January 12, 2017
In the spirit of full disclosure, we have very little idea what to expect from Patagonia. We chose it for a series of slightly irrational reasons:
So we added Patagonia. I spent some time researching the places to go and the ways to get around. They former list was long and the latter list was disheartening. I could see so many things I wanted us to do, but I struggled with how to get around. Some sites would talk about renting a car, but then include warnings that quickly deterred me. Others mentioned trains, busses, ferries and even motorcycles.
All agreed that it is not easy getting around.
Finding places to stay “in the high season” was also described as challenging. Phrases like “it helps to travel in solo or with only one companion . . . but be ready to be flexible and spend time searching for a place to stay.
As I pictured our crew of 6 and our luggage, I wondered if Patagonia would even be possible.
It is then that I broke down and researched some of the outfitters. I found one that got high marks for service while charging relatively low rates. We looked at their Patagonia packages and chose one that seemed to last the right length. While the itinerary seemed lovely, I paid little attention to the details. We just thought ‘”Hey, lets go to one of the most beautiful and remote places on earth and catch the highlights.”
I share this massive explanation so that you will understand why we were so pleased and even shocked at the site we saw today.
We knew we would be visiting a glacier, but we were slightly blasé about that prospect. We had seen glaciers before and found them interesting, but not stunning.
We had been going to the wrong glaciers.
The Perito Moreno is unlike anything I have seen. It is essentially a 200 foot high ice cliff that extends almost a half mile from end to end. It continues for 3.5 miles up into the mountains. As I looked at it, it seemed like someone froze the White Cliffs of Dover or recreated The Wall from “Game of Thrones”.
We walked on the glacier for almost 2 hours. Our guide, Ceferino, was both playful and informative. We learned why the ice is blue (multiple crystals that refract light with blue being the strongest), why the lake water seems less clear (the moving ice grinds granite stones together and forms ultra-fine silt) and how glaciers are formed (snow becomes compacted over centuries and form oceans of ice).
He also took a particular interest in our family. After talking with the kids, he asked if we would adopt him. Susie and I briefly considered it.
Perhaps the high point of our trip was observing a huge chunk of ice “calving”, or breaking off into the water. In some cases, calving can be a bit depressing if a glacier is receding. But this glacier is “self-sustaining” which means it is adding new ice as fast as it is disgorging ice into the lake. While most glaciers are shrinking, this one is not, so we could watch the calving with great excitement.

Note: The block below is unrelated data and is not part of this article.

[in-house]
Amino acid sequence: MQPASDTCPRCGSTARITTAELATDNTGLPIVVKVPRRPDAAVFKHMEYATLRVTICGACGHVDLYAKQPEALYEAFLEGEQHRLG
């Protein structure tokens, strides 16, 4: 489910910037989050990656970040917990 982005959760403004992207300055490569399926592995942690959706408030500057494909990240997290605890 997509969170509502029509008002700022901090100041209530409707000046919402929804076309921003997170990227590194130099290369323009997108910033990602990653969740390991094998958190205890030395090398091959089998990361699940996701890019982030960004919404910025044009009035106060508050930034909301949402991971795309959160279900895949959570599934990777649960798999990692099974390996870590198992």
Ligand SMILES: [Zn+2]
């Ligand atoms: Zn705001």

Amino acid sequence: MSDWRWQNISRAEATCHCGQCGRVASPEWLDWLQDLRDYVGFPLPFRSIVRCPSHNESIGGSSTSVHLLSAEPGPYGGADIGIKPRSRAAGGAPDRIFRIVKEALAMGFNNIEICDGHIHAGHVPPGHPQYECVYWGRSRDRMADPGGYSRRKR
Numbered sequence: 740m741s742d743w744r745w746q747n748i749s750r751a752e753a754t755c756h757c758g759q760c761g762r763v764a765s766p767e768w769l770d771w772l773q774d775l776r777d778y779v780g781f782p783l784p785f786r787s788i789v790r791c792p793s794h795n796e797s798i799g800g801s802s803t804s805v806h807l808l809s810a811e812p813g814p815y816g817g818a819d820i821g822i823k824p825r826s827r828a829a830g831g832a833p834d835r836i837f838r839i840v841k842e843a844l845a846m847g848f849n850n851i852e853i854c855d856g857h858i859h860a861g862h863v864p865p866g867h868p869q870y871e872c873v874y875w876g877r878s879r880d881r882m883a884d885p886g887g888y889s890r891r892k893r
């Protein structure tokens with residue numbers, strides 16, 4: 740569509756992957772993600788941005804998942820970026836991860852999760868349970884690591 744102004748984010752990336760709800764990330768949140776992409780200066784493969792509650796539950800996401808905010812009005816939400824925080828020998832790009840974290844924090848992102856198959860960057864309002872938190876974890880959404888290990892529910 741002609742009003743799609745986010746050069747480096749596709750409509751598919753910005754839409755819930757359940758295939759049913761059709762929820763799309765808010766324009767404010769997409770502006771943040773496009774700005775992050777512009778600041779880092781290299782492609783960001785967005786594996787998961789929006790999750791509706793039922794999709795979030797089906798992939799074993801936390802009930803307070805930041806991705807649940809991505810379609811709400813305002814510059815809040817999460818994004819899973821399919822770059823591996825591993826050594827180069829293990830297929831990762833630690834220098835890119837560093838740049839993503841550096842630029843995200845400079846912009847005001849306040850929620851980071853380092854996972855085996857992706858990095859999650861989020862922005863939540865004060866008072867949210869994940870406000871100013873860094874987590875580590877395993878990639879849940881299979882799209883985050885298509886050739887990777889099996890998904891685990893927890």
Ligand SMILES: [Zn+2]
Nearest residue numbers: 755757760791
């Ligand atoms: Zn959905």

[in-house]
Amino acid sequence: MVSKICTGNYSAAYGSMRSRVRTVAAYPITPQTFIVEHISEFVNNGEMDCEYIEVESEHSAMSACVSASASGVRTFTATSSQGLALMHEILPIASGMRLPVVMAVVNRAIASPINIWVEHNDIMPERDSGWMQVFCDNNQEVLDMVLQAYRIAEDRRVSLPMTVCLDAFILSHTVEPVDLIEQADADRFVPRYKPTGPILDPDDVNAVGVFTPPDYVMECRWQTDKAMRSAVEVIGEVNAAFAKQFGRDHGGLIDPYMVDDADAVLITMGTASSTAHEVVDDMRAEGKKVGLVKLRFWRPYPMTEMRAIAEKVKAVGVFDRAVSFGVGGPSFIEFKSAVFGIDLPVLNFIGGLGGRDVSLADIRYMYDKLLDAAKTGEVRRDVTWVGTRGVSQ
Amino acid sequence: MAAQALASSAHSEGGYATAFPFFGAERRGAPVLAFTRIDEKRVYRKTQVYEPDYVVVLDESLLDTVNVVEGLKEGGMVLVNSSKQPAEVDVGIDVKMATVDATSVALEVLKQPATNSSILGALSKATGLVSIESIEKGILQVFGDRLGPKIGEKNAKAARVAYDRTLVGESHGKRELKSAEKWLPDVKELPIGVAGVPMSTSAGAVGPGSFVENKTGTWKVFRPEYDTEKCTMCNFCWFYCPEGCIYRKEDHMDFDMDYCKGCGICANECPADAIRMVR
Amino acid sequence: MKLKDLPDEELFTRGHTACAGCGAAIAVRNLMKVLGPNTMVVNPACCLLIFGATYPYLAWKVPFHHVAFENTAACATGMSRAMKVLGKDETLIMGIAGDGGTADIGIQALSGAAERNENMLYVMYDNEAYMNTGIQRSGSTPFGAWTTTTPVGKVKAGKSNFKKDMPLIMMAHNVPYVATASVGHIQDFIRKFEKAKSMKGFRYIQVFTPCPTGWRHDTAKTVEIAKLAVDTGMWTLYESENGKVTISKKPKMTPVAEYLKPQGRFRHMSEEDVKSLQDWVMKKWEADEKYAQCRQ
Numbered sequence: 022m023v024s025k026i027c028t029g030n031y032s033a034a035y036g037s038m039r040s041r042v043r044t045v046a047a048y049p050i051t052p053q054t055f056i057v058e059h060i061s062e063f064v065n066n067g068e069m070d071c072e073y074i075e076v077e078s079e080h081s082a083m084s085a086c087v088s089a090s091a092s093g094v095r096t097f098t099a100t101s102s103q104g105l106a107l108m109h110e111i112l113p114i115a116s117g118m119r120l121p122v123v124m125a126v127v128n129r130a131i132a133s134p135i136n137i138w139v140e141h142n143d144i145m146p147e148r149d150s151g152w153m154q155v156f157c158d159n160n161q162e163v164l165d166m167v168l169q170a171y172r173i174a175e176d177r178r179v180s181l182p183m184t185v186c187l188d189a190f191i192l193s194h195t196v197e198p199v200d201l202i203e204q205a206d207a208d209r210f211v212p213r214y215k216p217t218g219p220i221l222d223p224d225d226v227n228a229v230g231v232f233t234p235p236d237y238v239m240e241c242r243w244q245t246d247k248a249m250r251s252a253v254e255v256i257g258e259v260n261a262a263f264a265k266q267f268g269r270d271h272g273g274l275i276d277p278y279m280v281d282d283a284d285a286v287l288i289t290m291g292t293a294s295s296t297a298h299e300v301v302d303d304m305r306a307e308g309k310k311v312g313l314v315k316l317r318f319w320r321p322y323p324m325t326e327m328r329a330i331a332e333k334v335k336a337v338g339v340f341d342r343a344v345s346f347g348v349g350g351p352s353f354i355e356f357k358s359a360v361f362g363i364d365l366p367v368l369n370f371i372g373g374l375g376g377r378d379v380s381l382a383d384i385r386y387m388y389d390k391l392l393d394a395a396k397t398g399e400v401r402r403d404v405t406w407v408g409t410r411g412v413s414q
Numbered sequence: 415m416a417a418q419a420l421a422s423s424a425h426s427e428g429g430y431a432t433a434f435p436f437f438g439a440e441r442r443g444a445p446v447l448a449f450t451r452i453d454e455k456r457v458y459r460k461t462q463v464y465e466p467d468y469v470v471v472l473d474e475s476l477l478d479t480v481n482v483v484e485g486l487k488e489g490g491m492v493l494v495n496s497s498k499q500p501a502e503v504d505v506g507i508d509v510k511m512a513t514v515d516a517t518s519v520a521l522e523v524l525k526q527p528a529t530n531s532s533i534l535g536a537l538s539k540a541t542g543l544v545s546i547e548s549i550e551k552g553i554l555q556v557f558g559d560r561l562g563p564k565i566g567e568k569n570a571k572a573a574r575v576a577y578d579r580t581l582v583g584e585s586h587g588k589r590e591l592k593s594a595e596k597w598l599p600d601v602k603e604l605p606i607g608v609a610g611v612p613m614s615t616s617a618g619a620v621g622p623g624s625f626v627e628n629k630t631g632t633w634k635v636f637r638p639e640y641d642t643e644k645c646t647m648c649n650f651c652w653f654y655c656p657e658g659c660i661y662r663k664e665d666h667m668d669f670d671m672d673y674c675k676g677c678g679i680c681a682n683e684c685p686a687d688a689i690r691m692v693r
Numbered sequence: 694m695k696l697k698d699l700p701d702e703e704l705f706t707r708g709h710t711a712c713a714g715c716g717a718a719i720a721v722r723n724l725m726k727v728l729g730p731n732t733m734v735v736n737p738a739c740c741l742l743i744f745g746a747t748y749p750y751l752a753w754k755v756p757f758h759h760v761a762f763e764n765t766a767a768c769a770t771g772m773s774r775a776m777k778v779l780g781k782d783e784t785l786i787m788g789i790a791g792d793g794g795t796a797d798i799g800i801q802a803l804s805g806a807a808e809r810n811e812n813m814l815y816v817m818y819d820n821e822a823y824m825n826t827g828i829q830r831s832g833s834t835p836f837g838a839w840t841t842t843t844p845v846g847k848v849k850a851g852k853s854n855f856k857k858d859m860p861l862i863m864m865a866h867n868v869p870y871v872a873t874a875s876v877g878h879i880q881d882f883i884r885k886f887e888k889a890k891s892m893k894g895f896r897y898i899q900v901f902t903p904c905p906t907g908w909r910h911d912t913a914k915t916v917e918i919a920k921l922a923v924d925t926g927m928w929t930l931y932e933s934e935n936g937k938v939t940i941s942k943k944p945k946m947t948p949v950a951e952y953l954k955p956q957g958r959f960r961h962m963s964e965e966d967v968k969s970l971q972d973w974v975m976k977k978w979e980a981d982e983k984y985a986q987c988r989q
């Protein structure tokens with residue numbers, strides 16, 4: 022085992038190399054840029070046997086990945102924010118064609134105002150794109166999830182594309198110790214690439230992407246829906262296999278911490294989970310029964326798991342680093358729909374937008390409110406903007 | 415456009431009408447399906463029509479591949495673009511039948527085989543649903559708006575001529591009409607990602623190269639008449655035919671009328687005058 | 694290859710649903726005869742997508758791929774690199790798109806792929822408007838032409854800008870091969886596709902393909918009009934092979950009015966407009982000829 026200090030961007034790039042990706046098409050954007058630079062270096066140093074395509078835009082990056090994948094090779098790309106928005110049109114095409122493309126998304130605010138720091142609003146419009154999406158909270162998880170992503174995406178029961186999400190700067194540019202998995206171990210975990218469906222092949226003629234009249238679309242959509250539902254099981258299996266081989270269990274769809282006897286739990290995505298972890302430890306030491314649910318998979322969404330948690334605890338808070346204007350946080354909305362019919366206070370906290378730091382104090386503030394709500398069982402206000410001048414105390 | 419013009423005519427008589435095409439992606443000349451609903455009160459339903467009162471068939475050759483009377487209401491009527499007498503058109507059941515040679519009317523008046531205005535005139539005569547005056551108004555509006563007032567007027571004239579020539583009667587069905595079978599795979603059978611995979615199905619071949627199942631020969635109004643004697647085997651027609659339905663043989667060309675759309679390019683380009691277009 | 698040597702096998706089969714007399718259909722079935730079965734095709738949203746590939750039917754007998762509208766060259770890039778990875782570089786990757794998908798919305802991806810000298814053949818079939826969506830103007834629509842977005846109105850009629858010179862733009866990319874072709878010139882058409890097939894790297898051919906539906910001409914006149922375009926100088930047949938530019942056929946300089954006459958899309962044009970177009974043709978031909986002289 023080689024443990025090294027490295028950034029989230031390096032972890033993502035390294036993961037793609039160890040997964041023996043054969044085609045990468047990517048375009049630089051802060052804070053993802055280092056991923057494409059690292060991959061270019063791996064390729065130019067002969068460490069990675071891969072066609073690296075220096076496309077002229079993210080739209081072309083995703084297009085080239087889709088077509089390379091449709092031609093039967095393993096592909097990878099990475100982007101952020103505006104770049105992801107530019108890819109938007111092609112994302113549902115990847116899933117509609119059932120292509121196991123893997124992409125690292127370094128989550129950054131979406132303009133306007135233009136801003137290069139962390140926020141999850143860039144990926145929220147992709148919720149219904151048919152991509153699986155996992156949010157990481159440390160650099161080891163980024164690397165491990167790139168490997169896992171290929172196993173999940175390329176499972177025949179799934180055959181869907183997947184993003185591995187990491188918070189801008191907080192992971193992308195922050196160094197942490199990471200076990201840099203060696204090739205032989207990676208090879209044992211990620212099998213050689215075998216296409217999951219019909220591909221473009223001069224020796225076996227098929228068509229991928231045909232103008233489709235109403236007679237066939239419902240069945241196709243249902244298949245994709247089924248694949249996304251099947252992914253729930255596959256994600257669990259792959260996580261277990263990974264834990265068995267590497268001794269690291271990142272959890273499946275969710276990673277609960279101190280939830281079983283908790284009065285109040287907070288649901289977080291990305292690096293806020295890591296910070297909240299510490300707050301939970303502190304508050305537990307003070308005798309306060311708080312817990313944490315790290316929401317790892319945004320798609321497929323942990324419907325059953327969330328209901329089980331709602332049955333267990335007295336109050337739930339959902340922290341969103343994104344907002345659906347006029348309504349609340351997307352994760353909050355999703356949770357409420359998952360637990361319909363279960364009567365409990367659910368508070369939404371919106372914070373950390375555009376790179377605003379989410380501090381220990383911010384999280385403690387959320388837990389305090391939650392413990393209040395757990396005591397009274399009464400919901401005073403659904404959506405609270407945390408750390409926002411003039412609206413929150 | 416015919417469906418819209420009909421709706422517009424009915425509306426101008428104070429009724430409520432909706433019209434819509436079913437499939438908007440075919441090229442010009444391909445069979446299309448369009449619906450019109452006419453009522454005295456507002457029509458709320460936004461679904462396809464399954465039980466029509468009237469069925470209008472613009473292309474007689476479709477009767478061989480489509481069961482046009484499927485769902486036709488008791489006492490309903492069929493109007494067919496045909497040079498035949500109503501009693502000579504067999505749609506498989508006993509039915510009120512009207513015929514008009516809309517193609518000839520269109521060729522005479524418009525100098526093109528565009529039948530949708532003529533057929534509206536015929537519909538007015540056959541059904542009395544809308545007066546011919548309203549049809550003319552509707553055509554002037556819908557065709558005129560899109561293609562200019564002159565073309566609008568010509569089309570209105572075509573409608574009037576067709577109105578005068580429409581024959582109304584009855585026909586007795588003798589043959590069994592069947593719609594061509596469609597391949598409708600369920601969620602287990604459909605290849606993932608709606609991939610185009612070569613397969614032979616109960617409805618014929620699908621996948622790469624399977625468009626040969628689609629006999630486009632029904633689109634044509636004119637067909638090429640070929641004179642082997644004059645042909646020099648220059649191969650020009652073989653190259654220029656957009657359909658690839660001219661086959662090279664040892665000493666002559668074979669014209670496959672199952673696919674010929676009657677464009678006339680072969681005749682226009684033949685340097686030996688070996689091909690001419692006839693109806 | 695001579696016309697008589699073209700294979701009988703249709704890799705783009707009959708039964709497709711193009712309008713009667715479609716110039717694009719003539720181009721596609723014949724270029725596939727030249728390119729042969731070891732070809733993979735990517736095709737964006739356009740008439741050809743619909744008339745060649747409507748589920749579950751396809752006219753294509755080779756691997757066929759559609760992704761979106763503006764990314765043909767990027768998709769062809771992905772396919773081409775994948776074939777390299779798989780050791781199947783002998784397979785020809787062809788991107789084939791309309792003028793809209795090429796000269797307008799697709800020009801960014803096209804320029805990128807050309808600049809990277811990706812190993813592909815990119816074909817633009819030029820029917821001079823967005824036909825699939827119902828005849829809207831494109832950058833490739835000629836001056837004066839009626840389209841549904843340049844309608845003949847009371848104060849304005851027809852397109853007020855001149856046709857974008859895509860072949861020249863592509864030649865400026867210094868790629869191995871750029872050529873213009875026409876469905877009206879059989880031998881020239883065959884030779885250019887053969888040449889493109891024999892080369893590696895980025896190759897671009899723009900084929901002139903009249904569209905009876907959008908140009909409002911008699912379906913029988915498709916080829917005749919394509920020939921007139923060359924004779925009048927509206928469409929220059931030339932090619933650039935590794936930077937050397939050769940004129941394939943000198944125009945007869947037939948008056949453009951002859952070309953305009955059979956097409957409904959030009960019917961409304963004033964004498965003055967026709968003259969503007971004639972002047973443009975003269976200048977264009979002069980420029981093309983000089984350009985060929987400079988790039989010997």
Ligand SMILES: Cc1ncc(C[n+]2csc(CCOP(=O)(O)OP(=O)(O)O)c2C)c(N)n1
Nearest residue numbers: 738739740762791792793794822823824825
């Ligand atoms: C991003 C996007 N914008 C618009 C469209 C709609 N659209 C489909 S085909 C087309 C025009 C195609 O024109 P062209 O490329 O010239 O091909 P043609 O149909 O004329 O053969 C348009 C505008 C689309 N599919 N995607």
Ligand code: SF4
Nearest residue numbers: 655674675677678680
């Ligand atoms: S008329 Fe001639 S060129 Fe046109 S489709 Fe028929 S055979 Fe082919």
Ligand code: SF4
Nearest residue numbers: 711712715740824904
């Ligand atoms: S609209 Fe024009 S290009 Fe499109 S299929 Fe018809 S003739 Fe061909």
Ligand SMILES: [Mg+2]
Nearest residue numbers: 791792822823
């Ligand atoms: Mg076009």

I was delighted to capture this massive sight with my camera. What I cannot share with you is the primordial sound of calving. Imagine a crisp crack, like a massive tree being snapped followed by a thunder clap. The final sound is the massive splash into the water. What makes the entire experience odd is the separation of the sound and the sight. Of course, we are accustomed to seeing lightning and then hearing thunder, but the brightness of the lightning always draws your attention. But with calving, one hears frequent thunder claps. You quickly scan the ice face to see what is falling. Sometimes the calving is internal and not visible, so you can never be completely sure.
But for this example, we caught it all. An initial ice break drew our attention to the area right before the 200 foot section peeled off.
It felt like seeing a rare animal in the wild.
So we are now in our hotel waiting for a transport to the next location. Remember the part about tricky logistics in Patagonia? Well let me put it this way, we will arrive at our next hotel 1 hour after dark and leave again tomorrow morning 3.4 hours after first light. Sounds OK until you realize that means we will arrive at 11PM and leave at 8AM.
We hike tomorrow.
Note: our outfitter explained that today might be the last day of internet for us. I am hoping that this is not the truth, but if you do not see any blogs for a while, please know that is the reason.